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Words do not have neat one-to-one mappings between languages. You do not need to be a very advanced language learner to be aware of that phenomenon, so it’s surprising how often this seems to trip up the unwitting translator. Read More
Translating idioms is one of the hardest challenges a translator will face. Often there is no direct equivalent in the target language, or you may find the most obvious alternative simply does not work in the relevant context. I wrote previously in this blog about the care needed when deploying idioms. I reviewed a translation which described a shoe with an ingenious design feature as “having something up its sleeve”.
A food translation I completed recently was sprinkled with idiomatic usages. For example, the phrase “Salz in der Suppe” (literally ‘salt in the soup’), meaning to add the finishing touch to something, or the final addition that makes something perfect. As luck would have it, English has a couple of culinary themed equivalent sayings in the “icing on the cake” or “cherry on the cake”. But this particular passage was written to emphasise the importance of seasonings, and it was vital not to lose the “salt” reference. In the end, I opted for the phrase “worth their salt”. The meaning is slightly different, suggesting “being good at your job” or “competent”, but it was close enough while also retaining the all-important condiment reference.
Another passage used the saying “Butter bei die Fische” (literally ‘butter with the fish’), meaning to get to the heart of something, or cut to the chase. Most of the obvious relevant English idioms lose the food reference. I came up with a couple of options offering tenuous culinary links: “to boil something down” or “put something in a nutshell”. But neither seemed ideal. Dictionaries are not much help for translating idioms in this kind of situation. Googling food idioms can be more productive. But ultimately a flash of inspiration is often required, and finally I came up with “Let’s talk turkey”, which conveys the sense of “getting to the point” and continues the food theme.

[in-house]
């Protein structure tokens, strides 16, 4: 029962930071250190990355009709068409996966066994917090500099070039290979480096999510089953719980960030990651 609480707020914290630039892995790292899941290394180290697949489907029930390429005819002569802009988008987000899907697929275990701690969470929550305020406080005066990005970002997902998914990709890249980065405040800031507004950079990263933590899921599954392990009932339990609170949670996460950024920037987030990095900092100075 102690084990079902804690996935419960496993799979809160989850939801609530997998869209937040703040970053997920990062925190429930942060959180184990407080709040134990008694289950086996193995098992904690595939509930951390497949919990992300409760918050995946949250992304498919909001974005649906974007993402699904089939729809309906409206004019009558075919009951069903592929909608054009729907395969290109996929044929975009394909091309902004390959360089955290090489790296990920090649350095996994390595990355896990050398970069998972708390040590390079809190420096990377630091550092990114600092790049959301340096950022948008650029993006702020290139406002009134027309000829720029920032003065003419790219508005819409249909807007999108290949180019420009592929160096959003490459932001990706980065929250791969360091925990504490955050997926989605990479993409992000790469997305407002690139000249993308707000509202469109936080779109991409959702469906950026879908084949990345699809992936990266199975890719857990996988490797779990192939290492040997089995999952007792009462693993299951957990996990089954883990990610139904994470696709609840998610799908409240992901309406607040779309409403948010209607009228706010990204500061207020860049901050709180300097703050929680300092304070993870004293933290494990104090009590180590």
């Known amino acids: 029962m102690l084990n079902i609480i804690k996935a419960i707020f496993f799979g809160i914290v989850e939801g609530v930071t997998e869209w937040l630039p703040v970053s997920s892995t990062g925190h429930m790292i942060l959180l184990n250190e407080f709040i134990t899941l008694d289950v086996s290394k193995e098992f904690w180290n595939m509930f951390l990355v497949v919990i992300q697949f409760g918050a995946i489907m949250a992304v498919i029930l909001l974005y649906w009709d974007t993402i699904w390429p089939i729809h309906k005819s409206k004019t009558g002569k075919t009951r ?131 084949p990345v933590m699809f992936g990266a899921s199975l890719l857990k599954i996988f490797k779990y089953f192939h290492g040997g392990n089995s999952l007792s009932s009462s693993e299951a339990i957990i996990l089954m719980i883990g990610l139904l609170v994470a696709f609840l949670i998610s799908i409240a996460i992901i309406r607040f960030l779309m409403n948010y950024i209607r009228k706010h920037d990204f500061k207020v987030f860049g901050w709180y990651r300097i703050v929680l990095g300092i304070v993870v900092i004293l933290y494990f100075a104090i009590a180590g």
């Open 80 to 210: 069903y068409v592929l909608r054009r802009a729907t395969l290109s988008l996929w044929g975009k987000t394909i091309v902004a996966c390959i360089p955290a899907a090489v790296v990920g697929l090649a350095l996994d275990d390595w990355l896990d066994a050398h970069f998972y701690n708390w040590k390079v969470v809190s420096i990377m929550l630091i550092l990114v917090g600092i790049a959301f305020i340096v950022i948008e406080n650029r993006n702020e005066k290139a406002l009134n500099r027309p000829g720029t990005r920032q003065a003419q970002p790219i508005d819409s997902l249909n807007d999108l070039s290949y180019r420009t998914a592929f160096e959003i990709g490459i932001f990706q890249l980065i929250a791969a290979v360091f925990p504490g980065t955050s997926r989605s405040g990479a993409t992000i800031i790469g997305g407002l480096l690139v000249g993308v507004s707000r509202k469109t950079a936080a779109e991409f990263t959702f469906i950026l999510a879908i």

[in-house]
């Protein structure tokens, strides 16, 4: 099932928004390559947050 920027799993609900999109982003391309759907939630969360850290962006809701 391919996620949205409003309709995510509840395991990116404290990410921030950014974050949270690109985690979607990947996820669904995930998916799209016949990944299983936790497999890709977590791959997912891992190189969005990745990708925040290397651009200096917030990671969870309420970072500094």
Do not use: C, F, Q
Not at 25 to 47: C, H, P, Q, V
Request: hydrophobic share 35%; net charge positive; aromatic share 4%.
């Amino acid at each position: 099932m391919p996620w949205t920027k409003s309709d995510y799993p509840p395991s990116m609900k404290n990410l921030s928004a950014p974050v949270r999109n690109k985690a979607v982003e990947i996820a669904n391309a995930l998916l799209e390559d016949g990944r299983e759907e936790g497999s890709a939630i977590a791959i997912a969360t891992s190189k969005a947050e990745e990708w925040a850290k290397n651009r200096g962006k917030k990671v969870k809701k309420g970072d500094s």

Sometimes contorting the translated idiom to meet your requirements is just too difficult and abandoning the whole thing is better than shoehorning in a clunky idiom or awkward phrasing. And while we are thinking about idioms, a favourite game for the bilingual speaker is to translate them literally for humorous effect. I’ve been on a futile solo mission to introduce “He hasn’t got all his cups in the cupboard” into the English language (from the German “Er hat nicht alle Tassen im Schrank” aka “He’s lost his marbles”). And the TED translation team came up with their own list of untranslatable idioms which could inspire you to do the same (see sources).
Finally, even when just crossing borders, there can be subtle differences in translating idioms. It took me a few moments to realise that while cats in Germany have seven lives “Katzen haben sieben Leben”, felines in the UK have a couple more to spare with nine.
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